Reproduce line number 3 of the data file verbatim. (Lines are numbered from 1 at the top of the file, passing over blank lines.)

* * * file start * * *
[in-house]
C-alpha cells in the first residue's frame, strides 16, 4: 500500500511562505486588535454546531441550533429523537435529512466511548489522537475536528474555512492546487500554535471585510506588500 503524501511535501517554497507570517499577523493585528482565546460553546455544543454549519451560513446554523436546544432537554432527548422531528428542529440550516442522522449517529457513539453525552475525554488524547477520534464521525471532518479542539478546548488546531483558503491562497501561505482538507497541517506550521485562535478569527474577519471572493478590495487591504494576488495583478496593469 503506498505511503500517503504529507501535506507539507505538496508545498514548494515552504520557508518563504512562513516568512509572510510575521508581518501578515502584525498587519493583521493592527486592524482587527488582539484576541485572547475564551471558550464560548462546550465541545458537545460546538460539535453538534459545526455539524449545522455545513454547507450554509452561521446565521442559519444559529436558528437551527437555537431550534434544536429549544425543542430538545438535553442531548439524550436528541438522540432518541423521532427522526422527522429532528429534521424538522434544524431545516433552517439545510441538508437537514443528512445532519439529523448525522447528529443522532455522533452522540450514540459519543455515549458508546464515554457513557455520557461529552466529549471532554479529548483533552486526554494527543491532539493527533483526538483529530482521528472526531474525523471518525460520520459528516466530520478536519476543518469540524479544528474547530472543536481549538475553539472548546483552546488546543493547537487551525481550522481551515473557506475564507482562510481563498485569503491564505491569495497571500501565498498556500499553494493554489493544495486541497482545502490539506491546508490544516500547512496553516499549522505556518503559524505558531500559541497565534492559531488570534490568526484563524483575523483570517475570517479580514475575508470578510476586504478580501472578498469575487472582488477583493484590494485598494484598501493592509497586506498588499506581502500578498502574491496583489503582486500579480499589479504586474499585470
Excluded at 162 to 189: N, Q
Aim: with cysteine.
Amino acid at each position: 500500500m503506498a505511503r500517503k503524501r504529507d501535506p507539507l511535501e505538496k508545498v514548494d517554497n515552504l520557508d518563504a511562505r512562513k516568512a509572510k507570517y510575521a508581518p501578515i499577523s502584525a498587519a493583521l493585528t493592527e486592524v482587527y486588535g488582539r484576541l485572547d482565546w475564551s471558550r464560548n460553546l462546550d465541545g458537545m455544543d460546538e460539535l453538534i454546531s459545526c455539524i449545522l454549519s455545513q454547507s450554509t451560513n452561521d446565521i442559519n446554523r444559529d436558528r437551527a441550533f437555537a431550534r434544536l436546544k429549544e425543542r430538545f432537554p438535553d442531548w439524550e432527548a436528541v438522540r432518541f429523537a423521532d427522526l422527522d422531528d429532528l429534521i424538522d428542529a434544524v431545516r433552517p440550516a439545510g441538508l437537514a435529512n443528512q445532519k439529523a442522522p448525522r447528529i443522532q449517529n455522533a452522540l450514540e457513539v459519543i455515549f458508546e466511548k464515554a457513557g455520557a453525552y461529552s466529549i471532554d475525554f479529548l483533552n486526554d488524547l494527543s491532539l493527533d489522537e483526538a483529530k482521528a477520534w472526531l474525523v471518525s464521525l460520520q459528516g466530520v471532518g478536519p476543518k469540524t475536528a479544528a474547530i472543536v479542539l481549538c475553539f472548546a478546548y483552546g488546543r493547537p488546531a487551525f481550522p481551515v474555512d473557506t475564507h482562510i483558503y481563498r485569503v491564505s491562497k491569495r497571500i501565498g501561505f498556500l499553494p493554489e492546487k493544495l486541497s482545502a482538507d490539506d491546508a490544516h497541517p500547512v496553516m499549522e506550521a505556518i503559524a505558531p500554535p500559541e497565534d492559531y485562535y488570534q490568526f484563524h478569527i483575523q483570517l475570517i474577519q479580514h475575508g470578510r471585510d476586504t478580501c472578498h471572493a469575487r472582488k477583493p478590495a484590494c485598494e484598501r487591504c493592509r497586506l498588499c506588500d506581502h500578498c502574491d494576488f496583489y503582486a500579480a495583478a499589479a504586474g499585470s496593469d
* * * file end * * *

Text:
Excluded at 162 to 189: N, Q